Is there any evidence that chickens have any recent ancestors which flew a lot? I’d have to point out that chickens are indeed flying birds (except for the monstronsities we’ve bred up), but like many other ground birds they utilize primarily anaerobic respiration for their short and explosive flights, which are adapted especially to escaping predators.

        Anyway, I just put in a couple of examples of non-adaptation to water–presumably even an aquatic ape would need to get into cold water in many cases, and myoglobin is just one thing that could point to aquatic apes and which does not.

        Again, what is the point of bringing up the fact that myoglobin levels might diminish relatively easily (this may be true), when what we need is good evidence for the aquatic ape hypothesis? IDists have certainly wearied me of excuses for low to zero evidence claims in that the evidence might have disappeared. The point is, supply some evidence, if you think it’s a worthy hypothesis.

        There is a small amount of evidence for the aquatic ape hypothesis, IMO, but we would expect much better than we have by now if it were true.

        Glen Davidson

  3. Some of the talks are great, they’ve had Steve Pinker, Richard Dawkins and Dan Dennett to name a few…as well as wingnuts like Rick Warren. They’re interesting to watch for the most part, but there are some rather insipid ideas that are presented as well.

  4. I understand why an aquatic phase as proposed by AAT is pseudoscience, but is a semi-aquatic hominid lifestyle a completely useless (partial) explanation for some features? At some point in our lineage we got much better at swimming/diving than our concestors with other apes. It may not be considered a significant habitat, but at some point we had to start spending some time in the water, and it stands to reason that skills to navigate it would be effected by selective pressures. No?

    1. Linguistics is an easy way to get tied up, isn’t it? I’ve read about the AAT and I never understood it to mean that our ancestors went full aquatic. It should be called SAAT. Bad marketing, I guess.

    2. The AAT isn’t absurd on it’s face. Indeed, as you point out, many points seem rather compelling and there’s a certain logic behind it. What makes it a pseudoscience is the complete lack of evidence behind virtually all of its suppositions. It’s one of those ideas that’s been kicked around for decades, and proponents have a tendency to dismiss criticisms and prop up the theory with ad hoc explanations. In short, it’s not a bad idea, but it’s well past the point of being fully considered by the scientific community. Often promising hypotheses become pseudosciences when the people proposing them refuses to accept disconfirming data.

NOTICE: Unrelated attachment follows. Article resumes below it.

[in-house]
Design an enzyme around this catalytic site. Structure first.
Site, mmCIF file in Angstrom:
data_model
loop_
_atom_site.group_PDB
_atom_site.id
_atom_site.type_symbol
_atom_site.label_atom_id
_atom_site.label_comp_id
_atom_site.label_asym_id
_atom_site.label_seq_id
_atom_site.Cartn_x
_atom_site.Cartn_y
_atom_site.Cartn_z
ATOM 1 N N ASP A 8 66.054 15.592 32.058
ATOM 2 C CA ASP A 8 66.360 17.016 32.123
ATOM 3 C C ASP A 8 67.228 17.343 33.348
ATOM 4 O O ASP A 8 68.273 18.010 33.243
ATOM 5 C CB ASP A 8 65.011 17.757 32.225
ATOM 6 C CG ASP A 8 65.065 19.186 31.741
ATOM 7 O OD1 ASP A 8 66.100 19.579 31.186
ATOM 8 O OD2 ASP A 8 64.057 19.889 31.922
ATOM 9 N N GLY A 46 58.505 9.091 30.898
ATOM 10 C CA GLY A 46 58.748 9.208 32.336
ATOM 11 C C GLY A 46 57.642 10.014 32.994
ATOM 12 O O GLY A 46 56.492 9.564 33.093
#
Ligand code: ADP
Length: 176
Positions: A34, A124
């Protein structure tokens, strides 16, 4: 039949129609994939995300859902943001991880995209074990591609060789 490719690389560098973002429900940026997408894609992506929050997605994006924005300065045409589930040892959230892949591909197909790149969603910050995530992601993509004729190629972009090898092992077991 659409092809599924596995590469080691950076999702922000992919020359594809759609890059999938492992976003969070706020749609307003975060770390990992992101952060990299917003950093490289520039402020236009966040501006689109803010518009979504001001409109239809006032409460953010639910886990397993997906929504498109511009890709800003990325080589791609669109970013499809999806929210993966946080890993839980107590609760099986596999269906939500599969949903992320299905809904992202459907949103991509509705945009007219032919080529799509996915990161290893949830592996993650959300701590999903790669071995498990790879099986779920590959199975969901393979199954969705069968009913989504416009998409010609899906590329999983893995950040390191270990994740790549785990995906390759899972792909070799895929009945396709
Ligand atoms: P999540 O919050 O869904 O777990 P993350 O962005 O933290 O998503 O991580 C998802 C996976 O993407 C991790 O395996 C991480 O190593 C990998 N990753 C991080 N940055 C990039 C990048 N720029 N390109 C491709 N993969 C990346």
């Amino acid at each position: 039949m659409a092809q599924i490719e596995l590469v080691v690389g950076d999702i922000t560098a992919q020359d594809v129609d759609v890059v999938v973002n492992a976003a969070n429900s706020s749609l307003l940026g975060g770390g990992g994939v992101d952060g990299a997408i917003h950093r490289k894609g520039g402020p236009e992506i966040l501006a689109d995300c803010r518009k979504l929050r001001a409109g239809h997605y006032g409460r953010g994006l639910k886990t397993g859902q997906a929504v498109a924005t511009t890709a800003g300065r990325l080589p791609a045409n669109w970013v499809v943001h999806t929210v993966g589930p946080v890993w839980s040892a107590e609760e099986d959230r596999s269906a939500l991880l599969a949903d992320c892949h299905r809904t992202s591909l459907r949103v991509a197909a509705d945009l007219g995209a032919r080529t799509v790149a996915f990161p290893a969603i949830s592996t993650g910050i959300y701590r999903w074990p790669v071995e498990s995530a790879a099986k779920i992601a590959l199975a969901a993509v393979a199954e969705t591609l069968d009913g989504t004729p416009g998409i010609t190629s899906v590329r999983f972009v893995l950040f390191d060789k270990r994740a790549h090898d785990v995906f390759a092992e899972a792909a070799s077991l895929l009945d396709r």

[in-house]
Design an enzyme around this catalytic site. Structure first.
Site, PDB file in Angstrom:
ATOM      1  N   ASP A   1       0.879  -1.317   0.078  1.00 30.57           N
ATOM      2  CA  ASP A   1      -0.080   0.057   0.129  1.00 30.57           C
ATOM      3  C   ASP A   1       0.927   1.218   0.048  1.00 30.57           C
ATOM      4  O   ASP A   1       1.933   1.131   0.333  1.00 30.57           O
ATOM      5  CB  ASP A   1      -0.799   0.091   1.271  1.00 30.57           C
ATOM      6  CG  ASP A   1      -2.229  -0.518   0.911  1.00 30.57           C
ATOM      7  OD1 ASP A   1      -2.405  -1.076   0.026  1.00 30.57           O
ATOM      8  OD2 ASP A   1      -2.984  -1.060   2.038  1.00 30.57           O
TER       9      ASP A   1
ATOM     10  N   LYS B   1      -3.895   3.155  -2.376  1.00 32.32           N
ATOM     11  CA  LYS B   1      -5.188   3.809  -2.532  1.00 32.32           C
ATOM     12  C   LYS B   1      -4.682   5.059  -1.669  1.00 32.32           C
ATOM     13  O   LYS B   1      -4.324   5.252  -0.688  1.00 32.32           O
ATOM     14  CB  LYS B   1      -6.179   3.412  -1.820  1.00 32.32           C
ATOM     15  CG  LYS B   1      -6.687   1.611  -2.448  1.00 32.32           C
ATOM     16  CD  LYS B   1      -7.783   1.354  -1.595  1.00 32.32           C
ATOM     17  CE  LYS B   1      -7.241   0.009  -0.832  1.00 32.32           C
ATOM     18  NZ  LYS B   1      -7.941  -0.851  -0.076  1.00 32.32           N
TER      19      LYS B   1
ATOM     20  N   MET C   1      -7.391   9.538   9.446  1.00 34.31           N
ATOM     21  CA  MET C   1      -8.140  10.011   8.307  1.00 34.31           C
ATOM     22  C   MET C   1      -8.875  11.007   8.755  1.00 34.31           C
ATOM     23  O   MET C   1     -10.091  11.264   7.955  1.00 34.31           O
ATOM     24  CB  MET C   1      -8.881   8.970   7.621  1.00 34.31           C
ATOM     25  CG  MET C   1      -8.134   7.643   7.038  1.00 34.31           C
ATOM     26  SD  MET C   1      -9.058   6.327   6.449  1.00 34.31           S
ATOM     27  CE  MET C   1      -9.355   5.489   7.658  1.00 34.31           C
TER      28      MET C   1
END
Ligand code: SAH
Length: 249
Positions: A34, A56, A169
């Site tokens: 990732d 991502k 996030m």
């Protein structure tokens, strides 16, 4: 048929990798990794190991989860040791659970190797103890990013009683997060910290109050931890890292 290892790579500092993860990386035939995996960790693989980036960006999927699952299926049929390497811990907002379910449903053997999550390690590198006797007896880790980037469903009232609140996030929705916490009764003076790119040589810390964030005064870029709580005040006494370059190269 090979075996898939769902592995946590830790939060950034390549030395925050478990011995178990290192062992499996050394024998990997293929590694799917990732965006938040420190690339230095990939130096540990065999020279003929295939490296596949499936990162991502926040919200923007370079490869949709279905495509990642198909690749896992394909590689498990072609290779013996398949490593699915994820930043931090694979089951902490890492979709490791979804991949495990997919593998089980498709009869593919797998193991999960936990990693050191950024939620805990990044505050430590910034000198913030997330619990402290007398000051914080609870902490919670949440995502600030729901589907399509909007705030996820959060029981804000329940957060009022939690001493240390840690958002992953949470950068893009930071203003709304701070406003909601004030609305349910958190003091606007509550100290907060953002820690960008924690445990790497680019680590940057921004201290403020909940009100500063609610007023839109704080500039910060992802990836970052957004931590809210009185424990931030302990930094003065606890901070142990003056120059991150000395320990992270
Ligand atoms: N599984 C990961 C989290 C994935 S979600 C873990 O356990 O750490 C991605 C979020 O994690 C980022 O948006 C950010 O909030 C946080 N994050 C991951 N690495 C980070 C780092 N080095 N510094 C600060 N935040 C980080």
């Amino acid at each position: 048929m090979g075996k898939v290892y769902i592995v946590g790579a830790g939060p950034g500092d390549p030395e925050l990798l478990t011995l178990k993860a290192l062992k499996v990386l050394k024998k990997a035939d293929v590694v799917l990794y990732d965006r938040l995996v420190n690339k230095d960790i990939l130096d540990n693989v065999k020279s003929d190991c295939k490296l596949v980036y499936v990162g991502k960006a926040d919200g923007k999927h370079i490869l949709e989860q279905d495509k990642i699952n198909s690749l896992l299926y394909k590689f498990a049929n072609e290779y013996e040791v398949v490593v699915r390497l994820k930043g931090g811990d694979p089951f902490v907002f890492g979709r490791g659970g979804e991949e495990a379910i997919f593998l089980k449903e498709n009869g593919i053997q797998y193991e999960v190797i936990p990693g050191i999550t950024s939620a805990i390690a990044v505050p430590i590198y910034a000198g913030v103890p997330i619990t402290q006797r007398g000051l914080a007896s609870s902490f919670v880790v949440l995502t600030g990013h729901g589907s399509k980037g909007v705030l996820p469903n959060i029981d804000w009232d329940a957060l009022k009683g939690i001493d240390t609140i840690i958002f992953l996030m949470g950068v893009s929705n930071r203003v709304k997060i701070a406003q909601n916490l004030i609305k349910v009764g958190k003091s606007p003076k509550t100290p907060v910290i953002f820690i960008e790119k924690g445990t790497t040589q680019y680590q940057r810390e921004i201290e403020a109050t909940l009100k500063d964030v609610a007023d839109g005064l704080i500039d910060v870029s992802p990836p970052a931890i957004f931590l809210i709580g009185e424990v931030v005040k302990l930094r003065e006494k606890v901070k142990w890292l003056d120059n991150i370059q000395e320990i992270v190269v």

Wikipedia offers several solid criteria for identifying pseudoscience, and the AAT fits the bill on almost all of them: “Use of vague, exaggerated or untestable claims; Over-reliance on confirmation rather than refutation; Personalization of issues” and perhaps most importantly “Absence of progress.”

  5. Here’s a much better (simpler and more honest), definition of pseudoscience: Pseudoscience is whatever the Monday night quarterbacks of science say it is.

  6. One difference between the (S)AAT and Creationism/ID is that you can at least phrase the AAT theory in a non-pseudoscience way and look for things that it explains better than the other human evolution theories. Since there are at least four different types of mammals that took to the seas (whales, seals, otters, manatees), we have some idea about ways mammalian biology adapts to coastal and pelagic living, and can compare them to hominid fossils.

    Granted, that means if it doesn’t work — which it doesn’t seem to — you have to toss it on the scrap heap unless a lot of dramatic new evidence is found that forces a re-evaluation. It doesn’t look like that’s what’s happening here — guess it’s easier to cry persecution and invoke Galileo.

  7. I just want to say that TED is a great organization and inviting people with differing – or even completely wrong – views to speak at a conference does not undermine the value of organization. By what criteria do we eject people from discussion? That’s what I call censorship. Others in that audience and on the TED website have voiced their concern about the accuracy of the “aquatic theory.” Just don’t throw out the baby with the bath-water. That’s all I ask.